My Thursday class will be my only freshman class which I will teach introduction to baking for 12 weeks then co-teach advanced culinary skills to the seniors.

    I miss "Cheffing" but I love teaching.

    Hope this helped clarify :chef:
     
  5. mezzaluna

    mezzaluna

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    You're a born teacher, CC, I have strong feelings about that. What you'll find hardest at first I'm pretty sure is adjusting to the clock during class periods and the calendar (It's time for midterms now you say??).

    Lucky students! I hope you enjoy it.

    Ann
     
  6. cape chef

    cape chef

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    Ann,

    Your right about the "clock" aspect of teaching.

    Lecture will start promptly at 8:30 with a couple 10 minute breaks until 11:40. The students then have until noon, then it's into production until 3:00 (no break) in this time you must cover key points of the curriculum. The school is the only in CT accredited by the ACF (although i'm not an ACF guy, it is an excellent curriculem)
     
  7. mezzaluna

    mezzaluna

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    I recall carefully preparing my first lessons as a student teacher. It took hours to get them just right and took up several pages of very small writing.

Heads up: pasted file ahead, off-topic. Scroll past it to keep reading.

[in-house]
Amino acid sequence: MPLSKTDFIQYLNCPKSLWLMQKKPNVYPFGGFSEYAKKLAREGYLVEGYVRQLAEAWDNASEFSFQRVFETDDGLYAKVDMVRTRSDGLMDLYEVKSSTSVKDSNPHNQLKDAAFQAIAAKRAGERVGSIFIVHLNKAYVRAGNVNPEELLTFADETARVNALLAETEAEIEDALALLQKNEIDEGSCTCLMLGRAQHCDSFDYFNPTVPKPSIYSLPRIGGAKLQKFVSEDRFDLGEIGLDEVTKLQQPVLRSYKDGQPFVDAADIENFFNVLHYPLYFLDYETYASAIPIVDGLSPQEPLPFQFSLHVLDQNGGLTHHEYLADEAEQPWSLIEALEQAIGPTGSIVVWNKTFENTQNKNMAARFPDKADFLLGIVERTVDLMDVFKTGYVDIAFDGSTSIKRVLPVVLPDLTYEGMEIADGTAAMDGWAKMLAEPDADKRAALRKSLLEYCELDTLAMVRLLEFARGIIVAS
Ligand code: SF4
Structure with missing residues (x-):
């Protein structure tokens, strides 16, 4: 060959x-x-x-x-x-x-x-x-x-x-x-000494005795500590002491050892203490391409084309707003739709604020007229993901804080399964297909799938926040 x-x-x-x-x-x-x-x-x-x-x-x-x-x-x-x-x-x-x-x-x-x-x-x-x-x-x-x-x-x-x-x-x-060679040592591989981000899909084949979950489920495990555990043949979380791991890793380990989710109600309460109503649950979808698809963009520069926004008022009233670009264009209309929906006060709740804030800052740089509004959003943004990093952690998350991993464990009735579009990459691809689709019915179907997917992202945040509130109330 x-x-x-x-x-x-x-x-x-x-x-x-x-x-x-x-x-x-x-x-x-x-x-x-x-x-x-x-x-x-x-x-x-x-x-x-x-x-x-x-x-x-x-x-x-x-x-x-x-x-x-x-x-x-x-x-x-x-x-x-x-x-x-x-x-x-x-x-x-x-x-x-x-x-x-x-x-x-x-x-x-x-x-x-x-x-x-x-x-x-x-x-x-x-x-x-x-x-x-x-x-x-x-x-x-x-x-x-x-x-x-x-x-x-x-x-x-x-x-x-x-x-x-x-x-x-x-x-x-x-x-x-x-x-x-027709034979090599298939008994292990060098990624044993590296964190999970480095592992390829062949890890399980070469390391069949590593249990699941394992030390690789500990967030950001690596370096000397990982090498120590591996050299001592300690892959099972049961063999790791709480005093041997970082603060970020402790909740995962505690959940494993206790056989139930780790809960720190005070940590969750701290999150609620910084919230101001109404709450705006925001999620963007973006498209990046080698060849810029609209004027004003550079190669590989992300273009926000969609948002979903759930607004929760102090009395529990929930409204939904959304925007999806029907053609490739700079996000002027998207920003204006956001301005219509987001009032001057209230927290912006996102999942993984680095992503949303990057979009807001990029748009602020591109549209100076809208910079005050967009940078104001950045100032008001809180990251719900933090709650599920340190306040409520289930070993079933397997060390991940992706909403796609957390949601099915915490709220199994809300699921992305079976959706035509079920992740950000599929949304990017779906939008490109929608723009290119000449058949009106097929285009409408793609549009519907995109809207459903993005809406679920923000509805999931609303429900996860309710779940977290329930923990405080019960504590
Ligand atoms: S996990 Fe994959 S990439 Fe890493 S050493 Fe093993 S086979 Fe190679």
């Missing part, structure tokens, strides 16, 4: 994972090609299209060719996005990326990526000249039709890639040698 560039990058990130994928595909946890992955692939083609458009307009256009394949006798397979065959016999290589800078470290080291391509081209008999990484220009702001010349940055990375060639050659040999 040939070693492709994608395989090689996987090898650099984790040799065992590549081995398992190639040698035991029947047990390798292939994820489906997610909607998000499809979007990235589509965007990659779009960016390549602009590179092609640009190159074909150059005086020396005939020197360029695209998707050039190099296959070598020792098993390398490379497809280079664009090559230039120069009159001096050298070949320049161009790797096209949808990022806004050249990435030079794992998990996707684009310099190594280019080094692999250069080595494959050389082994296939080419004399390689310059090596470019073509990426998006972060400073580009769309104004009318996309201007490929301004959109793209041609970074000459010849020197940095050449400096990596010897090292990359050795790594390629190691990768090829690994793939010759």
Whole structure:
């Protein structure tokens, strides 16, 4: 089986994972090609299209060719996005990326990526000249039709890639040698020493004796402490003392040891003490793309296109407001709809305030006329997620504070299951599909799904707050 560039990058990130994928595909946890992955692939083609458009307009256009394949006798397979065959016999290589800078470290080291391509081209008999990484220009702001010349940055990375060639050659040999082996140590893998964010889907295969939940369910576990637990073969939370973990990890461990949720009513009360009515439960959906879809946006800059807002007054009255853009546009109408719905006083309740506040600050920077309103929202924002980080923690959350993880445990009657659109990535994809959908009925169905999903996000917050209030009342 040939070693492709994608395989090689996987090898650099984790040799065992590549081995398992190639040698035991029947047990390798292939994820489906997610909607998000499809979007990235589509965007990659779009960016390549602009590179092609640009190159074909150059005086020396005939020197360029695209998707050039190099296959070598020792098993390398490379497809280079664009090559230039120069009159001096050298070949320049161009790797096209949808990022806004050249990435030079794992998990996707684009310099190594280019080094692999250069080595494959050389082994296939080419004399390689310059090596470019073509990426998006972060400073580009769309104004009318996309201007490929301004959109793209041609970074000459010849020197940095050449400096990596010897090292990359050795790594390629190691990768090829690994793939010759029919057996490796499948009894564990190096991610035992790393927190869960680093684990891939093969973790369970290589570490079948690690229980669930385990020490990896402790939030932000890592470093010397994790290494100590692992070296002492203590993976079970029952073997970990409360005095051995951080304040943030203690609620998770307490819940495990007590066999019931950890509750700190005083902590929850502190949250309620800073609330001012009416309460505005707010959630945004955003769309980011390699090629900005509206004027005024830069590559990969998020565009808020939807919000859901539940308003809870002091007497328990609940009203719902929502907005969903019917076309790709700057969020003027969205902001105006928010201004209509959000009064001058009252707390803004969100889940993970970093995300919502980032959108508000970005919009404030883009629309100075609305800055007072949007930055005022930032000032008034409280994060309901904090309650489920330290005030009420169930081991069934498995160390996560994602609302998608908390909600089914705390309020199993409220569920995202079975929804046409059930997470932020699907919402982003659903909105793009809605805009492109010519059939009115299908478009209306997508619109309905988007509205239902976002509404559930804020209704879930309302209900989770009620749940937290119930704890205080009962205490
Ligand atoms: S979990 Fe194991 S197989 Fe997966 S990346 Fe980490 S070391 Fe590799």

I was through the first lesson in 20 minutes. That left 25 minutes. If you've ever had those "naked in public" dreams, you'll get a clue for how I felt! In time your internal clock will adjust, exactly as you now know the precise moment to leave the saute pan and go over to retrieve your dish from the salamander.

    In cooking you can't just stand there; there's always something to do. In teaching, you can- and should- wait for students to process what you've been saying so they can formulate good answers. Think of it as holdover cooking time! :D

    There is much to learn, Grasshopper. :smiles: :lol:
     
  8. cape chef

    cape chef

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    Dear Ann,

    This is great advice and I admire and respect you so much for your ability to teach as well as understand and share the concept is wonderful and calming to me. After so many years of "supervising" and "delegating" I agree that the transition to teaching and understanding the difference between a student and a subordinate should, and will be an interesting and even a humbling experience.

    I hope you don't mind if I tape your expertise as I go on.
     
  9. shroomgirl

    shroomgirl

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    Where have i been....no don't answer that.....I thought you were just teaching a class for a semister, did not realize that you are actually TEACHING totally. WOW! You'll have to give us the real inside of everyday lecturing. So do you gotta wear the tall white hat?
    This is too cool. Glad you went for it.
     
  10. cape chef

    cape chef

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    Thanks Shroomgirl,

    Where have you been? I can only imagine seeing your starting up your farmers market soon.

    Today and tonight among other things we did freshman orientation.Some students and I prepared finger foods and such for the students and family to enjoy before we started orientation. Went through the student manual, did a Q&A and generally pumped them up for there first module. The age range was interesting because there were kids right out of high school, to mature adults.

    Theres eyes lite up when it was time to distribute there text, knives "Wustof" and there uniforms.

    Can't wait to get going
     
  11. mezzaluna

    mezzaluna